Hailing from Little Rock, Arkansas, Pallbearer is a doom-metal/stoner-rock band with a grand sound. Swapping through different members, Pallbearer has seen drummers come and go until finally sticking to a final entourage of Brett Campbell on vocals and guitar, Devin Holt on backing vocals and guitar, Mark Lierly on percussion, and Joseph D. Rowland on the bass guitar, along with some backing vocals thrown into the mix. The band relies heavily on their spacious sound and brute-force that can not only destroy, but also rebuild from the foundation up, to make one of the best records to come out of rock music.
Opening with a gentle acoustic guitar that is light on the ears, “Foreigner” gives off more of a laidback and relaxed introduction to the punishing sound that will follow. The instrumentation launches into more of sludge induced march with full bravado of guitars, drums, and rather cleans sounding vocalization that almost creates a constant contrasting nature within Sorrow and Extinction’s sound.
Rather than going straight in for the “kill,” Pallbearer would instead create more of a melodic centerpiece and suddenly leap into the spacious sound with lyrics that exclaim, “All along the dark and forbidden way, I can…I can feel their eyes and see their arcane thrones. So between my steps, I rest to gather up my strength, I must keep pushing onward.” Every track on Sorrow and Extinction manages an almost perfect segue into each following song, making the entire record feel as though it was completed in one single take.
More of a straightforward crush starts “Devoid Of Redemption,” allowing the instrumental to obtain a full, substantial sound. Each instrument present is able to make a significant impact; this is especially true during the break down where the drums from Zach Stine and lead guitar from Holt are able to work in tandem together, creating an aggressive build of energy that peaks with vocals from Campbell. Stine who is no longer with the band did exceptional work with his constant cymbal shifts where the ride and crash cymbals are used to provide the primary sound of his set.
There is also Campbell, who has consistent clean vocals throughout Sorrow and Extinction, but there are some cases in where his vocals use reverb and different effects to make his voice seem more projected and more filling than it actually is. Between the solos from Holt and Rowland, constant pounding of the percussion from Stine, and the wonderful sustaining notes of Campbell, Pallbearer joins together to make a dooming combination.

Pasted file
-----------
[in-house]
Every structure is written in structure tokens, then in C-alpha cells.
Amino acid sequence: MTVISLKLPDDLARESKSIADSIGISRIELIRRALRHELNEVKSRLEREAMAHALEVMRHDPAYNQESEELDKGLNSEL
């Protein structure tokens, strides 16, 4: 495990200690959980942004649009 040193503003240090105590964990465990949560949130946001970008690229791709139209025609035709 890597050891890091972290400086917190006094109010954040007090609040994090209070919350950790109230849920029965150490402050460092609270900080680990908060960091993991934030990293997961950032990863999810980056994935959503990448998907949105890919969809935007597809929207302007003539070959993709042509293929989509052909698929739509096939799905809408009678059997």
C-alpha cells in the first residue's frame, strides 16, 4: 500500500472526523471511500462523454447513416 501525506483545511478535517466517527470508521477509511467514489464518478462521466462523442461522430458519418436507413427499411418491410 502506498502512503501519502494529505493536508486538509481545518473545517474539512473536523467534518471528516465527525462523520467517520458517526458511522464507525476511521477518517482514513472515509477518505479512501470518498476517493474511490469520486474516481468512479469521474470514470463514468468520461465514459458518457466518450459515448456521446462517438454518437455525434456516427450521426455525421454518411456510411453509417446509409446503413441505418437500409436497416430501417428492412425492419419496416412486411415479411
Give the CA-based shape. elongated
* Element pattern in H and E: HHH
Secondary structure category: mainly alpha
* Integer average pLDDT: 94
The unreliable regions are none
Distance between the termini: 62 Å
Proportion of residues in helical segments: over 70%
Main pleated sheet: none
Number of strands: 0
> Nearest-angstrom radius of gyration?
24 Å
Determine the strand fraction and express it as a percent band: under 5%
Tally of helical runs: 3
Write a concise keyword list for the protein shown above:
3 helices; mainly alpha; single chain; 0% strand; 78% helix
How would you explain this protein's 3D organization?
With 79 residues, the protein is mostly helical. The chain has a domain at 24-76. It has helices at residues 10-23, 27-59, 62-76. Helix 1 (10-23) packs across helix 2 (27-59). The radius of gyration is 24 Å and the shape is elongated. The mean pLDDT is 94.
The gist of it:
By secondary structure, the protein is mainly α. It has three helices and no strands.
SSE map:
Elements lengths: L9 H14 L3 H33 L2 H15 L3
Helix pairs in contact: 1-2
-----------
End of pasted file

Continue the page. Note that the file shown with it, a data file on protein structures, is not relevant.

Graceful, powerful, and Earth-shattering, “The Legend” is able to sound more in style to the “Stoner Rock” label where the melodies present are much slower and the music itself feels weighted, but droning as well. Interestingly enough, there is a huge amount of complexity and the majority of instruments all play a significant part in making Pallbearer’s sound completely unified. Even as the members play entirely different sections of music, the band still works as a machine, making every track have an enormous amount of chemistry.
Relying heavily on the guitars and percussion to make most of the sound of Pallbearer, there is more of a focus on the lyrical aspect on “The Legend”, where vocalist Campbell can gracefully add, “No more to breathe the air, to feel the warmth of summer. As I start to slip away, I know my time has come.” The lyrical style is seemingly lugubrious and lingers on the subject of death or the everlasting end.
As stated before, Pallbearer is more of an instrumentally driven band on Sorrow and Extinction and the following track, “An Offering Of Grief” shines through on their capabilities as instrumentalists. Able to create seismic activity through the rumbling bass-lines and overall daunting sound, Pallbearer is also able to manage a real sense of beauty behind their music. When “An Offering Of Grief” begins to snowball and pick up, becoming more rushed than at the original start. Pallbearer finds themselves using more echoing vocalization and downright wicked guitar solos that almost seem underwhelming when played beside the crashing cymbals and the anchor of a rhythm section, that lock the band in an outstandingly bold fashion.
Finally, Sorrow and Extinction comes to “Given To The Grave,” peeling back the curtain with a sullen bass-line and beautiful harmonic vocals that sound like a church choir, there is an instant duality within the track. This is then the seguing motion that leads Pallbearer into the usual crashing fashion of overpowering, but still graceful instrumentation. Creating a perfect album to throw on and just strictly listen to with zero distraction. Sorrow and Extinction keeps such a fine line of excellence within the instrumentation and, even as the vocals make few appearances, the presence is still known well enough to stay substantial.
Sorrow and Extinction is a gorgeous album and through the constant stages of metamorphic like changes where the band can shift the tone in a matter of seconds only continues to display a new factor in Pallbearer’s music. “Given To The Grave” shows in complete fashion where the sound can consistently twist from peaceful to blasting in only a moment’s notice. From Earth-shattering, to fading out, Pallbearer makes sorrow and extinction seem amazingly less bleak than it originally can sound.